A new copyright infringement class action lawsuit filed against LexisNexis and West Publishing begs the question: Are legal documents copyrightable? White v. West Publishing Corp., 12 cv 1340 (S.D.N.Y, filed Feb. 22, 2012).
In White v. West, attorneys Edward White and Kenneth Elan, on behalf of themselves and similarly situated attorneys, are suing the publishers of Westlaw.com and LexisNexis.com (those sites where we attorneys do all our research) for infringing on their copyrights in litigation documents, specifically briefs and memoranda.
As most lawyers know, LexisNexis and Westlaw is where you go to look up case opinions, legal forms, and sometimes the briefs and memoranda of counsel in cases similar to yours so that you can research (read: copy) their thoroughly researched arguments and the occasionally witty turns of phrase. I do not think most lawyers consider that such “innocent” copying would ever be actionable. Apparently, to an extent it is. I will not go into a detailed legal analysis of the copyright law as it relates to this matter — I will just link to a very good blog article that does it for me: Click here.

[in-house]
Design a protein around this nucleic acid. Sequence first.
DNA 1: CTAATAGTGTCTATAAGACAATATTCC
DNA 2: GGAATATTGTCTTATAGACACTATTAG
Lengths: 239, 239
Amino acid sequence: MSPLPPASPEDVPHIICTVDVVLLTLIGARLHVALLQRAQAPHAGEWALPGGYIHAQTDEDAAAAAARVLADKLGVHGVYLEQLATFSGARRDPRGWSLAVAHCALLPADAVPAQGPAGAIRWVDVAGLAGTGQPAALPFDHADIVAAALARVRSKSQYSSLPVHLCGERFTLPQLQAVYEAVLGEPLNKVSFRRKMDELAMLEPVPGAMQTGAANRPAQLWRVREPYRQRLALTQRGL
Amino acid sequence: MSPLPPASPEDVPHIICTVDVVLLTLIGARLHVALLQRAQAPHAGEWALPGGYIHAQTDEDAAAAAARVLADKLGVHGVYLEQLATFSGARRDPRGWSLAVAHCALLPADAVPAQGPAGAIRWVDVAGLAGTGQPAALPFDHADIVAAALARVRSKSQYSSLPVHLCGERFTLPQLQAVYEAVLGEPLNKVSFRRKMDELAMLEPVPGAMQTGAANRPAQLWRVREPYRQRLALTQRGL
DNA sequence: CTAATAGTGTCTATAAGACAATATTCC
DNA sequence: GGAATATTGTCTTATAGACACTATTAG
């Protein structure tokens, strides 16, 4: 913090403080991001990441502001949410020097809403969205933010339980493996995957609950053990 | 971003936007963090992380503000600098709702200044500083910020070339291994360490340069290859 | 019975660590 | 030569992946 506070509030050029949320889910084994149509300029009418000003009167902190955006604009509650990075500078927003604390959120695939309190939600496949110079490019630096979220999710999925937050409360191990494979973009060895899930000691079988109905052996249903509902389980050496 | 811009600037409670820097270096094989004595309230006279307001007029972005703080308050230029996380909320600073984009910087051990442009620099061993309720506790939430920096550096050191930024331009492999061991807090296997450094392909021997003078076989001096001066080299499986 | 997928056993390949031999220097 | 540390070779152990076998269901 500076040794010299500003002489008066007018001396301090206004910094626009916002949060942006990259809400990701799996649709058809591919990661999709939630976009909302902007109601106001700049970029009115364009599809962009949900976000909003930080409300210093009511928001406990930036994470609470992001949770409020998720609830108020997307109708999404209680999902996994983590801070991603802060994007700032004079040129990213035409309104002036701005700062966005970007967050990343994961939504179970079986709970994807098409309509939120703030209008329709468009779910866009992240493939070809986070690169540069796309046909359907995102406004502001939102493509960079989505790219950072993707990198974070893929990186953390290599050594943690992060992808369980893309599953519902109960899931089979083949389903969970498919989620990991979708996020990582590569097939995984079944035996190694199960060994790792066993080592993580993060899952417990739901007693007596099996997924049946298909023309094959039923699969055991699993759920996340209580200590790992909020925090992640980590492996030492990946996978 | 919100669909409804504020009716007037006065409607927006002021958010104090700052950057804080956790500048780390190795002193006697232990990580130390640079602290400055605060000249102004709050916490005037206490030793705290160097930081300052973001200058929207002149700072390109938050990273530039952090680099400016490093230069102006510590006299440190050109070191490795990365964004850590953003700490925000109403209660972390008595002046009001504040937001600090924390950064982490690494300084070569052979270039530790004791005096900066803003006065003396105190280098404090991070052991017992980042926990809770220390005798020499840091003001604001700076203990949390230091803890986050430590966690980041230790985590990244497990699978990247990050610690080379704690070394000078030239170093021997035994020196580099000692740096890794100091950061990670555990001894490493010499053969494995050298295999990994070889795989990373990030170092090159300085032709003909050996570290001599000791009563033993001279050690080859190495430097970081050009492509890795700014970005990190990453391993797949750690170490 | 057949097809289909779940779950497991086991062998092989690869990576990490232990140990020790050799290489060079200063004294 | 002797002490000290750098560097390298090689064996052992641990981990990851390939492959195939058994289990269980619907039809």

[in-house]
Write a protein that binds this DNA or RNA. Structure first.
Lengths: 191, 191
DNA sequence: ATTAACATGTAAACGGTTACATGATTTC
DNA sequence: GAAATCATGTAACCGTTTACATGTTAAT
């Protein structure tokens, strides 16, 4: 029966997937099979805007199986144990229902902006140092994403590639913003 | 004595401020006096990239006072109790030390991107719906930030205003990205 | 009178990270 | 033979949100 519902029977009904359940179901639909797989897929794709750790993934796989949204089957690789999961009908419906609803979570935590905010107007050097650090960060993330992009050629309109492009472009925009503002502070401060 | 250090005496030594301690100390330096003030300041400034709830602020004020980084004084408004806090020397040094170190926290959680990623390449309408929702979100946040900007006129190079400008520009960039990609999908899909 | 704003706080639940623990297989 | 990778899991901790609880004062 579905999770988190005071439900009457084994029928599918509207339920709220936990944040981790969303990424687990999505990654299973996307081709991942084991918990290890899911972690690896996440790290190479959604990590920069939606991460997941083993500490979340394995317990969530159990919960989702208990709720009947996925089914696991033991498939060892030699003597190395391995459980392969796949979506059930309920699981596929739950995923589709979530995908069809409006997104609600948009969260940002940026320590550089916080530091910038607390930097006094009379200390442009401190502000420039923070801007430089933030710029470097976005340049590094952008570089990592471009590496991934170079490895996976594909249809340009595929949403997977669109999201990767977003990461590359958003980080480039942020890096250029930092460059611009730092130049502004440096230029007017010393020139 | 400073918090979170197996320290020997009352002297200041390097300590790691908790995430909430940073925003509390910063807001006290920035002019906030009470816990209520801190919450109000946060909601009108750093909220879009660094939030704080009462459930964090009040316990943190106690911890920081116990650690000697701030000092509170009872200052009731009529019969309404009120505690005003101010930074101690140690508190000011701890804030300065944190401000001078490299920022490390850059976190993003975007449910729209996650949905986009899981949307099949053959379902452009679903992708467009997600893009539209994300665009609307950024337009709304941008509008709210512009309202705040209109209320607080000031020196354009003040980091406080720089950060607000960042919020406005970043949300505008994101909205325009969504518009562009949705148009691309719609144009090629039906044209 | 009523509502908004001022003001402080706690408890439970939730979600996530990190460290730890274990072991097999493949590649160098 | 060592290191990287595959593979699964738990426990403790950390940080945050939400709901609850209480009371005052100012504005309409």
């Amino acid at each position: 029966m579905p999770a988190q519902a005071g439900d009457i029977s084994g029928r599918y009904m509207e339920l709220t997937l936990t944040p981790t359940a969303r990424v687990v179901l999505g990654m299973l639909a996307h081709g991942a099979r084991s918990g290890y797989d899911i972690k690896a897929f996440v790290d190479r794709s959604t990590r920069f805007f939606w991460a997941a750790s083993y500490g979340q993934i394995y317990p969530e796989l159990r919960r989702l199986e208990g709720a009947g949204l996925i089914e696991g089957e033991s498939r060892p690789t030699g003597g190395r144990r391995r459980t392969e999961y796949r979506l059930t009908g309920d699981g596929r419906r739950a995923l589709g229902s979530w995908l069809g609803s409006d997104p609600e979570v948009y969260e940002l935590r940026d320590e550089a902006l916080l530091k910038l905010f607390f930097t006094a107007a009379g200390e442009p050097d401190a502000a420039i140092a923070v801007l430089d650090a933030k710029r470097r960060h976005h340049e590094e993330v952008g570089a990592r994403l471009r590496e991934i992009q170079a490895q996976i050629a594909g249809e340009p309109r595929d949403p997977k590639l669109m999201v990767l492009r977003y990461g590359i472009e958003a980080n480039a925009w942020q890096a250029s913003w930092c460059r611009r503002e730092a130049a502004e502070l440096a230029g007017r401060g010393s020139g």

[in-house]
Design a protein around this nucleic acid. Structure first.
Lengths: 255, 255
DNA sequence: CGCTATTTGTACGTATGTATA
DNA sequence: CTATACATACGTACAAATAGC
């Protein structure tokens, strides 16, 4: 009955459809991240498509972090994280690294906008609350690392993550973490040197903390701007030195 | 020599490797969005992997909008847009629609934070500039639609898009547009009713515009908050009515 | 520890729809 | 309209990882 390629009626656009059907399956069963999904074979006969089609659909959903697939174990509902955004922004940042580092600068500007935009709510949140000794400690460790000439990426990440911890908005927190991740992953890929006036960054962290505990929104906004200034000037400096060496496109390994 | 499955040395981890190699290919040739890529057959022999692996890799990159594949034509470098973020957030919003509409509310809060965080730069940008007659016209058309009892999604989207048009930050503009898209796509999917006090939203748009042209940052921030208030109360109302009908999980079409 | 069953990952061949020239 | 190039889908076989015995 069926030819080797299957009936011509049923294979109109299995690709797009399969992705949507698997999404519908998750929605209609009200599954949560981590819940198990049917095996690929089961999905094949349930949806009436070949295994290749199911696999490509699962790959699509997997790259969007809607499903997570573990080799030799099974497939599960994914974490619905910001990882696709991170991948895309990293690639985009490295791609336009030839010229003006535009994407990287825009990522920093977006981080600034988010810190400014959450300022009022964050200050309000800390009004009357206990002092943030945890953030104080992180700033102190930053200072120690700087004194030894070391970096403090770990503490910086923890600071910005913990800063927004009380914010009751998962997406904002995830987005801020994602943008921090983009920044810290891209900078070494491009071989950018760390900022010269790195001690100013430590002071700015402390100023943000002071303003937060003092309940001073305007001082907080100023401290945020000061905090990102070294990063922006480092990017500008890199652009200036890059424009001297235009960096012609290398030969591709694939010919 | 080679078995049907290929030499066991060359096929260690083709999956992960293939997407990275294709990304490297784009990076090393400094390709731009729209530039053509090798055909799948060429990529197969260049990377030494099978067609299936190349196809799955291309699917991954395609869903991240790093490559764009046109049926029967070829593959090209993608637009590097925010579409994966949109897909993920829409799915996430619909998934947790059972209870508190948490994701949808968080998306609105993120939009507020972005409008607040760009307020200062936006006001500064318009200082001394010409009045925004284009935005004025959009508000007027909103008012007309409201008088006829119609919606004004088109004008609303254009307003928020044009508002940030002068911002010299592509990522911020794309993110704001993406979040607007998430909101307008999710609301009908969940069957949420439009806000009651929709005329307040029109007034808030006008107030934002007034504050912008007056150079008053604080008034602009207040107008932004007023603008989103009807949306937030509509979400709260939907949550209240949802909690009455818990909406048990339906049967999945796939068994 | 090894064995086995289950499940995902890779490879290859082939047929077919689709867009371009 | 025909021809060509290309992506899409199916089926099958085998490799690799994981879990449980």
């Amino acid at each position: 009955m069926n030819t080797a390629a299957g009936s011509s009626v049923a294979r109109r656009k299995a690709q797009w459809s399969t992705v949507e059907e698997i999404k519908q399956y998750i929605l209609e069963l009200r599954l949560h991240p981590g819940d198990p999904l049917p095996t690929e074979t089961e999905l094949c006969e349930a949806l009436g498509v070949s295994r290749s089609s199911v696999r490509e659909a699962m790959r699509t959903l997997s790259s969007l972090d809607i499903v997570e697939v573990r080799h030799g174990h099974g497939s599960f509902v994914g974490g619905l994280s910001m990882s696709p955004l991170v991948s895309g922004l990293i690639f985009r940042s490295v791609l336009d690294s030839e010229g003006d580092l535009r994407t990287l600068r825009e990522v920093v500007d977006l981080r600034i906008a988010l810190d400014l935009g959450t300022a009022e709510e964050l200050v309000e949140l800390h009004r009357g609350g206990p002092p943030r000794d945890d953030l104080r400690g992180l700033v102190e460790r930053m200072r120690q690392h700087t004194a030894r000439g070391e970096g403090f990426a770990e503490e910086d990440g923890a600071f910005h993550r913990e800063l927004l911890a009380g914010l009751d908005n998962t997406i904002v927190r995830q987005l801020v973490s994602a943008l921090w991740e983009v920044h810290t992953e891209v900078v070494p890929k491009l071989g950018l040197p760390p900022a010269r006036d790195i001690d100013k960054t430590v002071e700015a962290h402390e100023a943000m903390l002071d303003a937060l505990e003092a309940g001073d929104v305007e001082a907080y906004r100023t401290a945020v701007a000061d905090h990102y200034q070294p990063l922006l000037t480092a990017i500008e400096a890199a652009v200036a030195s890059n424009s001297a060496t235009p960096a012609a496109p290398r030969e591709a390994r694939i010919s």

In short, it is fairly obvious — I think — that there is an element of copyrightable creativity even to legal briefs. Of course, LexisNexis and Westlaw will argue fair use — IMO a poor argument consider how much they charge us for access to their database. And, equally obvious, is that the copyright protection in most “legalese” will be weak at best — entire paragraphs of a legal briefs are wholesale copies of sections of relevant legal opinions.
A bigger hurdle for plaintiffs to surpass here is the question of who exactly owns the copyright to an attorney’s work? The attorney or the client? (I have yet to see a retainer agreement with a copyright clause, but I might certainly add one to mine after this lawsuit resolves.)
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